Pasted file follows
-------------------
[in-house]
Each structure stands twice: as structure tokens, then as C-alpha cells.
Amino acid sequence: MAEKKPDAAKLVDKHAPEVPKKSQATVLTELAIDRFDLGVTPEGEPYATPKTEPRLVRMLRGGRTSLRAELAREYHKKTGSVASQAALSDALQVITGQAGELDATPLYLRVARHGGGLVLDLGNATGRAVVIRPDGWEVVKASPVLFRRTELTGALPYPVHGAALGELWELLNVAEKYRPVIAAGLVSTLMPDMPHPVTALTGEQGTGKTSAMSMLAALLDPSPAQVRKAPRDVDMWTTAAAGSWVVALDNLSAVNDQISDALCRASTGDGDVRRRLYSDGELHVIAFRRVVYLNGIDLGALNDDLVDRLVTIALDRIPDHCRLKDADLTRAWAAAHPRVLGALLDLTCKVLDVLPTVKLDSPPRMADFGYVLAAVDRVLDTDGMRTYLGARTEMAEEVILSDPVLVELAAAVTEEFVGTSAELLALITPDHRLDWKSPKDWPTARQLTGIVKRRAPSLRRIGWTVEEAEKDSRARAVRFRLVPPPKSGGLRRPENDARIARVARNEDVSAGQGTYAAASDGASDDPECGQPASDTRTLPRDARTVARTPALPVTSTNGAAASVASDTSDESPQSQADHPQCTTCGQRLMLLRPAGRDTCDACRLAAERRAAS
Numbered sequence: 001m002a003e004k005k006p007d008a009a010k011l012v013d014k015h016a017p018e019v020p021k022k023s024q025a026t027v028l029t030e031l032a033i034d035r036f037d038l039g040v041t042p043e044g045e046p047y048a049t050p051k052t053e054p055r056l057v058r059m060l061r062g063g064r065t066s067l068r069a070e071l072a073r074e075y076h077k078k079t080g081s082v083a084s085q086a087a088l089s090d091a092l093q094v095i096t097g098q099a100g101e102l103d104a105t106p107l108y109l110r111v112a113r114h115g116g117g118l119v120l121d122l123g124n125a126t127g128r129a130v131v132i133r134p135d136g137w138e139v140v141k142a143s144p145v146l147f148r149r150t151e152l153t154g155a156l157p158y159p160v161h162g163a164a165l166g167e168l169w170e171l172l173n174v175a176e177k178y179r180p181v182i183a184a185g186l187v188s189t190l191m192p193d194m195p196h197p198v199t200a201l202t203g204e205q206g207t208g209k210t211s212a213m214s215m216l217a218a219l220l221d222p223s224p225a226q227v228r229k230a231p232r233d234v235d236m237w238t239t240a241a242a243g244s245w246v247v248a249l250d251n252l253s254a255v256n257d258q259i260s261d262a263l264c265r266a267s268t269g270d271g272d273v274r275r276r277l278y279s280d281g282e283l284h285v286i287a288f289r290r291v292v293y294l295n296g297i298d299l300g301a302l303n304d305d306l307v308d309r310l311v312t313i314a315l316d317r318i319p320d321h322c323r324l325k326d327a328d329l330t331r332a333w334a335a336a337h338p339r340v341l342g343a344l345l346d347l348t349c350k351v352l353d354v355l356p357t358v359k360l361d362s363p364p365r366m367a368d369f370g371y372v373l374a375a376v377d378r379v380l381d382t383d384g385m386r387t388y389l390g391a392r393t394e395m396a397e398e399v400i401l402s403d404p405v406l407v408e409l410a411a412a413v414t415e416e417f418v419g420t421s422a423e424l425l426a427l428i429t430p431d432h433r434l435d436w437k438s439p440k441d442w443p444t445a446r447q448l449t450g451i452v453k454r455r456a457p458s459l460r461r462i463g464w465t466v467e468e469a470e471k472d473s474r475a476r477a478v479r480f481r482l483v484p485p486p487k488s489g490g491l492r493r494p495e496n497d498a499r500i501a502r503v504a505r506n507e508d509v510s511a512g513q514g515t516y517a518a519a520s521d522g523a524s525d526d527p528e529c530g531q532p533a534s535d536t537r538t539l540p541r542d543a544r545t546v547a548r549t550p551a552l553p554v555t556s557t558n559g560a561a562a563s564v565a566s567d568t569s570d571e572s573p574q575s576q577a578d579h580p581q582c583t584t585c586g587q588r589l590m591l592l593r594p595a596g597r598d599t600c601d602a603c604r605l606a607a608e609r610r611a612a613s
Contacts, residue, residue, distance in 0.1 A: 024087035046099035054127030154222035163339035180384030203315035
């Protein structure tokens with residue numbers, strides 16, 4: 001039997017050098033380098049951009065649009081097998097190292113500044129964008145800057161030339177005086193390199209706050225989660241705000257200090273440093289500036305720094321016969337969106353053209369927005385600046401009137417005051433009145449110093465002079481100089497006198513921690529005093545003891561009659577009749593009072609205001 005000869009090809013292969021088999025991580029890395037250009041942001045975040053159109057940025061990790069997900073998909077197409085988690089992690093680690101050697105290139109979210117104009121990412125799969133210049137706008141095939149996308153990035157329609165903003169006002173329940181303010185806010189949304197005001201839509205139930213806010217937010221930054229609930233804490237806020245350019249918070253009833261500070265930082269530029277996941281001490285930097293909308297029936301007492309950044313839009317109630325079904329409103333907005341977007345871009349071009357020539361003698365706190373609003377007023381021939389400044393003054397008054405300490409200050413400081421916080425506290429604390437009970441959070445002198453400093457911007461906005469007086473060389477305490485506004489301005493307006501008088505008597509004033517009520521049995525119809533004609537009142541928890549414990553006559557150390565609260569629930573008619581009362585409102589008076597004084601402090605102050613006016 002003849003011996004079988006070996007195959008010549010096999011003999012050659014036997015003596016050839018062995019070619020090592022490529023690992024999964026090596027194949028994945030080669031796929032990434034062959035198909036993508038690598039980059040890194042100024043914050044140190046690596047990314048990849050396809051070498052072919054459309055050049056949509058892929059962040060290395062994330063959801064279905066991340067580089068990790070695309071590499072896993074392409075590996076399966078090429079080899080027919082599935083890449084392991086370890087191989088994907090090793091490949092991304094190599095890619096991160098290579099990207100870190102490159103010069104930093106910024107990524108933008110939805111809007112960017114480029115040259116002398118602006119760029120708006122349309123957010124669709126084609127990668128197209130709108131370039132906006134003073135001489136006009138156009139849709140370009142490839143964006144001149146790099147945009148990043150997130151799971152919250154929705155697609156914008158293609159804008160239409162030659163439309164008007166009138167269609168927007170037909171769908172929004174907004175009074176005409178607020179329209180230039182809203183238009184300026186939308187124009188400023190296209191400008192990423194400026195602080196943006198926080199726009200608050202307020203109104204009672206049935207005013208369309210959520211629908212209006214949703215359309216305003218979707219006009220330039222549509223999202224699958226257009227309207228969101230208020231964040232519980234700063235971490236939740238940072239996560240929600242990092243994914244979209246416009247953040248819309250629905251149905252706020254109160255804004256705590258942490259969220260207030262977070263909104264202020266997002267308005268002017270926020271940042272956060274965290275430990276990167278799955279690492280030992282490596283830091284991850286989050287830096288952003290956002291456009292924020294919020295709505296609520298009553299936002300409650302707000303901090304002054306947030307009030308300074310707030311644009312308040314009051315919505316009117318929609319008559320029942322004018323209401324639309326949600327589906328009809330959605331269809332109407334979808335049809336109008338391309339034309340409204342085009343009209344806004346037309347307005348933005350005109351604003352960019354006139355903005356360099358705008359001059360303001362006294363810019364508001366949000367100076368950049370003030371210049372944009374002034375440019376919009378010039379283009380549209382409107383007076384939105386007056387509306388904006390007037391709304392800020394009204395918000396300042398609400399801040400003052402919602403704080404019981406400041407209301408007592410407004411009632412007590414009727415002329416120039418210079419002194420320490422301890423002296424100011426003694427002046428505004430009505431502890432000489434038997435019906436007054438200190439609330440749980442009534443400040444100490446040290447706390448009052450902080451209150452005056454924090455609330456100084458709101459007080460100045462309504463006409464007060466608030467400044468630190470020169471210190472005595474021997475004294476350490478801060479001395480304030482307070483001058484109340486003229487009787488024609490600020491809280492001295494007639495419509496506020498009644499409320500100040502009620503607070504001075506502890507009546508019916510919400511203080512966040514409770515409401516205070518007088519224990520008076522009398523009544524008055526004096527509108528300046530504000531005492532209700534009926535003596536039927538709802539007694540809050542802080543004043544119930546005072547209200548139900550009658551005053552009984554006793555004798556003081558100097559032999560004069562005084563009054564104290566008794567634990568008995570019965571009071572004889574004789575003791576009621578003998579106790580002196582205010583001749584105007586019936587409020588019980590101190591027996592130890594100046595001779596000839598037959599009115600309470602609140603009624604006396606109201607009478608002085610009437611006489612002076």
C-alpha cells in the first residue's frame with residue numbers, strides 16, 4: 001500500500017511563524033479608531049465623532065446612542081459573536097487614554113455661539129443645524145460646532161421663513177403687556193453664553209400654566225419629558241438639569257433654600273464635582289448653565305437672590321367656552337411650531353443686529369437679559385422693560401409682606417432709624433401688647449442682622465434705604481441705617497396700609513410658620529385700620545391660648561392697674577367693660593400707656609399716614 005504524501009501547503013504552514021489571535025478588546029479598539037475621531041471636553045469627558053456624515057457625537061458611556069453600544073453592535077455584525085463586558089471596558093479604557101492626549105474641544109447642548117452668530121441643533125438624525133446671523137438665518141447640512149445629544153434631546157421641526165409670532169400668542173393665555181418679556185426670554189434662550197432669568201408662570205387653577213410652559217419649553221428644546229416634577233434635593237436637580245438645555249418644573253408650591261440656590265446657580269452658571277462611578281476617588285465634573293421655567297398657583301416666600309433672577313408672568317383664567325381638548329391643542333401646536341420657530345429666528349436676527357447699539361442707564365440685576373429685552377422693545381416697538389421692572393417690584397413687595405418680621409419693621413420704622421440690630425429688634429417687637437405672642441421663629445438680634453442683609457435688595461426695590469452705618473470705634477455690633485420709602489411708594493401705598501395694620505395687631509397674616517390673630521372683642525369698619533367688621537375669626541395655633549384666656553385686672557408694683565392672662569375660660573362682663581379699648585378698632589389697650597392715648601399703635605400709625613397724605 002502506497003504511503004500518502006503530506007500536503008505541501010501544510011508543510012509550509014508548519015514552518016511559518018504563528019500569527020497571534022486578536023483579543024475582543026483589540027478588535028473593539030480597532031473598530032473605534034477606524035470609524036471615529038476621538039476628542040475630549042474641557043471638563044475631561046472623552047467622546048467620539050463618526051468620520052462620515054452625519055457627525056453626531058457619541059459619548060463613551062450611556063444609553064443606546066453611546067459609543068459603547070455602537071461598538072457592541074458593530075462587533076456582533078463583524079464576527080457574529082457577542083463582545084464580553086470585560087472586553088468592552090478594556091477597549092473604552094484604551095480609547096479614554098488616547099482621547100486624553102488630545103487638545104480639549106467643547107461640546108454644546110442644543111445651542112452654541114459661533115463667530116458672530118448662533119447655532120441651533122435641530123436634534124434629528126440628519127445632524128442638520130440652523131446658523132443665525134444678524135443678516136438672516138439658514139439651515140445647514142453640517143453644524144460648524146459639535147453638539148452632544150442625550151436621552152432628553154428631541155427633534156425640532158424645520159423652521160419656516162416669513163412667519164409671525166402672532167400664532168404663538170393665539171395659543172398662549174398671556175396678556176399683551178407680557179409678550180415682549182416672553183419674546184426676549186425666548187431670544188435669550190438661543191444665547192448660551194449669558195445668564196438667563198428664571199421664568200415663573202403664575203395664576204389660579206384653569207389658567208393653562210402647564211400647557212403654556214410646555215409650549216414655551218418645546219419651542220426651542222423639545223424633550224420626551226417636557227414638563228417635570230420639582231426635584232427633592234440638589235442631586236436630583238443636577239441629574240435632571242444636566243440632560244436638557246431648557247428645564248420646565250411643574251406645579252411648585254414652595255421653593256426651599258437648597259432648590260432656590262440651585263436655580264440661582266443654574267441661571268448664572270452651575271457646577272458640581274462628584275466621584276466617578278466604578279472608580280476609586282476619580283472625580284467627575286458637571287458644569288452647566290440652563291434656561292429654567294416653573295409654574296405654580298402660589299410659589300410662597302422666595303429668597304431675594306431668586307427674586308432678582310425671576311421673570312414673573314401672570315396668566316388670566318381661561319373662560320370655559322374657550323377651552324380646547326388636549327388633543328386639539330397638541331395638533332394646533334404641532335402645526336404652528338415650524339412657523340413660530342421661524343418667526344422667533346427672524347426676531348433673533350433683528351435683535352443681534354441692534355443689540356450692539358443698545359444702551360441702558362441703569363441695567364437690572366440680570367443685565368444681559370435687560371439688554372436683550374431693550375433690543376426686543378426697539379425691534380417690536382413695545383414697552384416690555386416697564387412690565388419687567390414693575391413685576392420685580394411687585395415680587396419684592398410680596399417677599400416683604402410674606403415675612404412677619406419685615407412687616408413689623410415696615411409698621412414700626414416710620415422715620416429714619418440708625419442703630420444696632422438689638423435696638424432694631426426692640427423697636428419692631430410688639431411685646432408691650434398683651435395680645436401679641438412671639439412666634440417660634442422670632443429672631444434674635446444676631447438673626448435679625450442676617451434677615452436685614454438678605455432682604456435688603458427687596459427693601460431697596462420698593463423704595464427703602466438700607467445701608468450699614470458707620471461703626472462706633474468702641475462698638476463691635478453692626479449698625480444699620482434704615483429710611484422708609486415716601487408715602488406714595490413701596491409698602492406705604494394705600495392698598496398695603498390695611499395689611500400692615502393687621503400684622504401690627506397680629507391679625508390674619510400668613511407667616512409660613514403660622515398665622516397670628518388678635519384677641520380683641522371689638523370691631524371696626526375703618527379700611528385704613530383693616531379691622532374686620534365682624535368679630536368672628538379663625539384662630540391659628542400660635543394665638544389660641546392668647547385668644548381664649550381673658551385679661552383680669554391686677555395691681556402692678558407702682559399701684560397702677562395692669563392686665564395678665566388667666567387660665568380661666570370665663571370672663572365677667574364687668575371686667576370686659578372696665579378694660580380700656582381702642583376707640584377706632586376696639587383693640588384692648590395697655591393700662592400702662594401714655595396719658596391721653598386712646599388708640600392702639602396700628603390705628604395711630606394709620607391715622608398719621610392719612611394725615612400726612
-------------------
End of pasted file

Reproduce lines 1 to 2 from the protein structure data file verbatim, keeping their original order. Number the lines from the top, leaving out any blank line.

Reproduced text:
[in-house]
Each structure stands twice: as structure tokens, then as C-alpha cells.